Meyerson said that he considers suborbital research "an untapped market," but just how big that marketplace is remains unclear. 

 

"When we get the system up and running and reaching the flight rates we think we'll be able to do, we'll see if there's a market that can support increasing that flight rate," Meyerson said. "Until you have a product to sell, it's really hard to tell."

Blue Origin is building a fleet of vehicles that support flights on the order of once a week, Meyerson said. 

"We are designing the system so that it can be turned around on less than a 24-hour cycle. It's going to take us time to get there … but our team is happy with where we now are," he said. "Every flight, we are looking at ways to streamline the operation, learning how to improve the system."

New Shepard is a unique platform, Meyerson said, "in between the zero-gravity aircraft and sounding rockets. It provides a little less microgravity time than a sounding rocket, but at lower cost … and quite a bit more microgravity time than a zero-G aircraft, at a little more cost. So, it's in the sweet spot."

There's a range of "uplifting" prices for a complete, end-to-end integration of a payload, from $50,000 to $100,000 depending on locker size, Meyerson said. Additionally, there's an introductory discounted price of $5,300 for student payloads.

The New Shepard capsule contains 530 cubic feet (15 cubic meters) of interior space, more than 10 times the room available to the spacecraft's namesake, NASA astronaut Alan Shepard, on his history-making Mercury flight in 1961.

New Shepard is being designed to house combinations of payload racks and seats. In coming years, scientists will be able to ride along with their experiments, said Blue Origin Business Development Manager Erika Wagner.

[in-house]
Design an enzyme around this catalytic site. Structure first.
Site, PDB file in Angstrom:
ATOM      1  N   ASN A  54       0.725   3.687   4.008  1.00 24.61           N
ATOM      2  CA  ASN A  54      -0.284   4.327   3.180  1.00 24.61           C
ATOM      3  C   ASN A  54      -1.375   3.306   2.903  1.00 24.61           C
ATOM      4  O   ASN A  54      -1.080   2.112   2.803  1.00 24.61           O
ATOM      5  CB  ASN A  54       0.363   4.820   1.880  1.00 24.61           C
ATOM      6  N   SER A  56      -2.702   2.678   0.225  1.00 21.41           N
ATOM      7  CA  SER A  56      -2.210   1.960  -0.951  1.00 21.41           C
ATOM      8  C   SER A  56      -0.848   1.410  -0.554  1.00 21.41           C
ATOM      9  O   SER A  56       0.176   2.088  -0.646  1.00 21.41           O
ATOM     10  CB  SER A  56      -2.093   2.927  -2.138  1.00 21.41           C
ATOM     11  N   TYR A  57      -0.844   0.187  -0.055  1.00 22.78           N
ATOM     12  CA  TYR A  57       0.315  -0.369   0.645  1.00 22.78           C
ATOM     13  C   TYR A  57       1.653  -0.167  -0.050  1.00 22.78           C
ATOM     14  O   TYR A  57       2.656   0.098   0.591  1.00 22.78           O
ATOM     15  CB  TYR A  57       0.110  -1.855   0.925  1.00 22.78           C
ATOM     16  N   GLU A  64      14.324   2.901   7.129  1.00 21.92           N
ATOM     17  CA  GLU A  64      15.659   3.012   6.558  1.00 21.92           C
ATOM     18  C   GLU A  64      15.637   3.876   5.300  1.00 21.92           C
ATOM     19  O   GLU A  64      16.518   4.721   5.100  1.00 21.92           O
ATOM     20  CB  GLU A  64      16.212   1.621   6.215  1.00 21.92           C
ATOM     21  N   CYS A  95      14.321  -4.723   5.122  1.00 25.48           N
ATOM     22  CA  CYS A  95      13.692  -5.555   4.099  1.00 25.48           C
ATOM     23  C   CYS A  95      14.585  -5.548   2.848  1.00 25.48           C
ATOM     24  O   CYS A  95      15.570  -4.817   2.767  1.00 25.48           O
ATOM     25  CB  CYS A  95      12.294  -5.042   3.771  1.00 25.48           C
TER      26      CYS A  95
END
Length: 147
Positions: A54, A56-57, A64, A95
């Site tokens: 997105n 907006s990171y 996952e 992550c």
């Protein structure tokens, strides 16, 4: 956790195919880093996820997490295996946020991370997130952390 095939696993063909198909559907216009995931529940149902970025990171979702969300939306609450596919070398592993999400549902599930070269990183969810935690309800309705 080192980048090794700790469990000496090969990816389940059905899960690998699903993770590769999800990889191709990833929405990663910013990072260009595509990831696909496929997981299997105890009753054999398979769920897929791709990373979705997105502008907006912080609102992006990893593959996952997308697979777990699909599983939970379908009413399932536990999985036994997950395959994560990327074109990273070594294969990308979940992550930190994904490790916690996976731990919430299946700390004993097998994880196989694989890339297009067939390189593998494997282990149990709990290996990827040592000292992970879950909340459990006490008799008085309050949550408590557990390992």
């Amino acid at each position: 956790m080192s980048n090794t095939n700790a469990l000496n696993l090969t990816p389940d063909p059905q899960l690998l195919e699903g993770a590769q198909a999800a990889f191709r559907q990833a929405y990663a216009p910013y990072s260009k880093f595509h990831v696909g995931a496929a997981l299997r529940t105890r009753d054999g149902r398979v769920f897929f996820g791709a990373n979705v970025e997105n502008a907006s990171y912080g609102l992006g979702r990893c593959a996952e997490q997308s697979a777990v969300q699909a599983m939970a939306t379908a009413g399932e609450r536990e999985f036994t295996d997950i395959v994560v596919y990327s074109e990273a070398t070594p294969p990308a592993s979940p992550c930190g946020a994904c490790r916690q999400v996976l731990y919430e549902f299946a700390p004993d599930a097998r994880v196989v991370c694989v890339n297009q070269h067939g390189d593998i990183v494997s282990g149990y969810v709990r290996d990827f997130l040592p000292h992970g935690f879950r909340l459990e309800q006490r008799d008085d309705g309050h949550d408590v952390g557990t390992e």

"Automating your payload is a huge cost," Wagner told Space.com. "If you can actually put your own trained hands in the loop, that can be a real value."

Wagner said that Blue Origin wants to make flying payloads on New Shepard easy. "We're trying not to throw the book at the investigators in terms of how much paperwork they have to fill out to fly with us," she said.

The flight profile of Blue Origin's New Shepard suborbital vehicle.
The flight profile of Blue Origin's New Shepard suborbital vehicle.
Credit: Blue Origin

 

New Shepard is also being outfitted with external as well as internal payload interfaces.

"Experimenters can have something exposed to the [space] environment," Meyerson said, adding that this capability will allow researchers to study upper-atmospheric phenomena or advance the readiness level of their technologies. 

In the future, Blue Origin also plans to offer the option of flying vehicles other than the New Shepard capsule atop the rocket, Meyerson said.

"So that could be some kind of atmospheric demonstrator flight vehicle. They can use the New Shepard booster to lift it off to a staging point," Meyerson said. "We look forward to hearing from different organizations as we transition our vehicle to regular commercial use."

Blue Origin has a vision, Meyerson said, "of having millions of people living and working in space. We think if you want to get there, you need to be pushing the barriers of how to conduct really useful science ... of trying things out in microgravity."

New Shepard is that first step, Meyerson said.

The suborbital system is "a pathway to go to the International Space Station for longer duration," he said. "Eventually, we'll have our own vehicles and ways to do that as well. New Shepard is the forerunner for doing that. It's a stepping stone towards that long-term vision."

Leonard David is author of "Mars: Our Future on the Red Planet," to be published by National Geographic this October. The book is a companion to the National Geographic Channel six-part series coming in November. A longtime writer for Space.com, David has been reporting on the space industry for more than five decades. Follow us @Spacedotcom, Facebook or Google+. Originally published on Space.com.